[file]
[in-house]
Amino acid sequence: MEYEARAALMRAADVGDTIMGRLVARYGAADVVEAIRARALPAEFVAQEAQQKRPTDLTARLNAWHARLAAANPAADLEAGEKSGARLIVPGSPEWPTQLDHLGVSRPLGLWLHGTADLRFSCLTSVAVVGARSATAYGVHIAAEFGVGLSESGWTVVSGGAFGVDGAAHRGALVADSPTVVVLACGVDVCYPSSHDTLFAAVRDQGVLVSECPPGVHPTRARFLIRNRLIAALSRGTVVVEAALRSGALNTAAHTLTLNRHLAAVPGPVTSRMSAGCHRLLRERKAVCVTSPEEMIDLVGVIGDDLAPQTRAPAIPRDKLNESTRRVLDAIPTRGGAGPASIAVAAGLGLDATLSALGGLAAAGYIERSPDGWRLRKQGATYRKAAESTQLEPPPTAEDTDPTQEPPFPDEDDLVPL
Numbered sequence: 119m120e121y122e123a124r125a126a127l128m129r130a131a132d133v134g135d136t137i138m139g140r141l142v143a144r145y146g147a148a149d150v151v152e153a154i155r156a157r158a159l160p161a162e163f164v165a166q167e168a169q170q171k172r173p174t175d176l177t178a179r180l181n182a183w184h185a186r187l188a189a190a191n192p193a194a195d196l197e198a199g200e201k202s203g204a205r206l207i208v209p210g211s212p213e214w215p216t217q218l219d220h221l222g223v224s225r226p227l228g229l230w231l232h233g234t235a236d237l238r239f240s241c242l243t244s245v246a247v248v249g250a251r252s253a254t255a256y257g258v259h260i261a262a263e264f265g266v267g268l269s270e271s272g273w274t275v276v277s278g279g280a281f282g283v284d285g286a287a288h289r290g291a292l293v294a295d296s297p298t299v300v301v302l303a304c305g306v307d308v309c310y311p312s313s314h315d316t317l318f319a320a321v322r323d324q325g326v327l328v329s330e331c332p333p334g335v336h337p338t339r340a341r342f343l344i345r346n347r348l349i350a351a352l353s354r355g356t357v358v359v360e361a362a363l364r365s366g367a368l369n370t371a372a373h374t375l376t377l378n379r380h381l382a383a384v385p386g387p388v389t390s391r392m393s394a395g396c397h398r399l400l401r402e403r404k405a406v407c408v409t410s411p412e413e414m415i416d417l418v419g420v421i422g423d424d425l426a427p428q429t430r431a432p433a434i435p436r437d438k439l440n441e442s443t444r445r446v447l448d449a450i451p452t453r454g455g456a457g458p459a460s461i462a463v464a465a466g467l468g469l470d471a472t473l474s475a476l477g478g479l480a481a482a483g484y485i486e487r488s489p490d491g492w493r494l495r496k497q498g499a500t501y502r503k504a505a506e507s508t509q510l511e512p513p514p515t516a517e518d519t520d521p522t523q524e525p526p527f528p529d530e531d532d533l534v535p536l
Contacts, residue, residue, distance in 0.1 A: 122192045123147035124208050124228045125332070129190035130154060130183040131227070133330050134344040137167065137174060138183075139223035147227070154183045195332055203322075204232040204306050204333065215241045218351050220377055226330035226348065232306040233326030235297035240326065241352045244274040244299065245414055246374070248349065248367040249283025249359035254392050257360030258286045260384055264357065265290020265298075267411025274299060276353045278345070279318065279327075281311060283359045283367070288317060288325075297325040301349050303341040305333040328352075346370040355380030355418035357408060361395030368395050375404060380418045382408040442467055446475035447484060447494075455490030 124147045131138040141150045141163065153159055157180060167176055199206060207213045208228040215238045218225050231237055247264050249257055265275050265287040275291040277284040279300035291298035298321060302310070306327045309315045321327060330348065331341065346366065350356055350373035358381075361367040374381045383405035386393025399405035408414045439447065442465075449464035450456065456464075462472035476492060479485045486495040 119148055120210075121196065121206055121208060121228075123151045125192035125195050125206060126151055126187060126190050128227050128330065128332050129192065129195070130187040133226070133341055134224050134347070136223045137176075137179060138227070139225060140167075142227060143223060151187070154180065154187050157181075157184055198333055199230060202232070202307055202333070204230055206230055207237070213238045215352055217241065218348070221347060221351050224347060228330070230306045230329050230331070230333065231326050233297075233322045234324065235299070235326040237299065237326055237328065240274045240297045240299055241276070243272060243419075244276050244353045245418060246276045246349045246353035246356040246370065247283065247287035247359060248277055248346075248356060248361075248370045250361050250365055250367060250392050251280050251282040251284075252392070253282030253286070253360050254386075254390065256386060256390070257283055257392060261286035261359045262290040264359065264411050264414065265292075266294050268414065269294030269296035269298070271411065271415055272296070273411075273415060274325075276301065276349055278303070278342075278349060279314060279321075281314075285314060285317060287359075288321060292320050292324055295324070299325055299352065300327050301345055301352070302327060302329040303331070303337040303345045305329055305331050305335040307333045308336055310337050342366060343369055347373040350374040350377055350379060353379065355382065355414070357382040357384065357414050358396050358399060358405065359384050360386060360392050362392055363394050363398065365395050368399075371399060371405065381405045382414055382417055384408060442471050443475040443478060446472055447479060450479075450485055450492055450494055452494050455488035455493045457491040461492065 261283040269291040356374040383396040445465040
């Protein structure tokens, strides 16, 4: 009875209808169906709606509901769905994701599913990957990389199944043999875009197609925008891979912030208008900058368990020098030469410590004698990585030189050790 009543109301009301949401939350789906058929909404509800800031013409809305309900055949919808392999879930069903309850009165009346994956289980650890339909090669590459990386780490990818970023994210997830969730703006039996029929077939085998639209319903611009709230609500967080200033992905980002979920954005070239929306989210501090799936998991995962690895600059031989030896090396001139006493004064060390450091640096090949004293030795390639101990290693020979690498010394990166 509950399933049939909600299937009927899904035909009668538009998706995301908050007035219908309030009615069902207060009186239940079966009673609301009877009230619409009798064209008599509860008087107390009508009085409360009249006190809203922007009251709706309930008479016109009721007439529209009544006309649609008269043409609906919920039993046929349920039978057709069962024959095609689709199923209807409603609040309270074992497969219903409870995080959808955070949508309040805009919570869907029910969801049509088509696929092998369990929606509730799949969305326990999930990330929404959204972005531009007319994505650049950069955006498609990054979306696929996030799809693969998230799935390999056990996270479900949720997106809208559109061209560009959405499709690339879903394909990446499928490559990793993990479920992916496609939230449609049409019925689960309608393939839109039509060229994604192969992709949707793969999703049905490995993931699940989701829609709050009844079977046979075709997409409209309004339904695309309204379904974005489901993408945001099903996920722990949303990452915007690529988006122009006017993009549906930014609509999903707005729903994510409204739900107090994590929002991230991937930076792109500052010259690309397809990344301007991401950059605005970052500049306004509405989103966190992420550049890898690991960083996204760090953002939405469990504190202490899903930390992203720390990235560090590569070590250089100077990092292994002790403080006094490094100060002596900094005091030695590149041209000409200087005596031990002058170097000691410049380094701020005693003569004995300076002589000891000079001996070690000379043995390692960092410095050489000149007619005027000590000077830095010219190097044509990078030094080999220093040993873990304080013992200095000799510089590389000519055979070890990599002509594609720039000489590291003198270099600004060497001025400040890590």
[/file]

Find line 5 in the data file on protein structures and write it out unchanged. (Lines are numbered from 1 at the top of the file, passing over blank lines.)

């Protein structure tokens, strides 16, 4: 009875209808169906709606509901769905994701599913990957990389199944043999875009197609925008891979912030208008900058368990020098030469410590004698990585030189050790 009543109301009301949401939350789906058929909404509800800031013409809305309900055949919808392999879930069903309850009165009346994956289980650890339909090669590459990386780490990818970023994210997830969730703006039996029929077939085998639209319903611009709230609500967080200033992905980002979920954005070239929306989210501090799936998991995962690895600059031989030896090396001139006493004064060390450091640096090949004293030795390639101990290693020979690498010394990166 509950399933049939909600299937009927899904035909009668538009998706995301908050007035219908309030009615069902207060009186239940079966009673609301009877009230619409009798064209008599509860008087107390009508009085409360009249006190809203922007009251709706309930008479016109009721007439529209009544006309649609008269043409609906919920039993046929349920039978057709069962024959095609689709199923209807409603609040309270074992497969219903409870995080959808955070949508309040805009919570869907029910969801049509088509696929092998369990929606509730799949969305326990999930990330929404959204972005531009007319994505650049950069955006498609990054979306696929996030799809693969998230799935390999056990996270479900949720997106809208559109061209560009959405499709690339879903394909990446499928490559990793993990479920992916496609939230449609049409019925689960309608393939839109039509060229994604192969992709949707793969999703049905490995993931699940989701829609709050009844079977046979075709997409409209309004339904695309309204379904974005489901993408945001099903996920722990949303990452915007690529988006122009006017993009549906930014609509999903707005729903994510409204739900107090994590929002991230991937930076792109500052010259690309397809990344301007991401950059605005970052500049306004509405989103966190992420550049890898690991960083996204760090953002939405469990504190202490899903930390992203720390990235560090590569070590250089100077990092292994002790403080006094490094100060002596900094005091030695590149041209000409200087005596031990002058170097000691410049380094701020005693003569004995300076002589000891000079001996070690000379043995390692960092410095050489000149007619005027000590000077830095010219190097044509990078030094080999220093040993873990304080013992200095000799510089590389000519055979070890990599002509594609720039000489590291003198270099600004060497001025400040890590």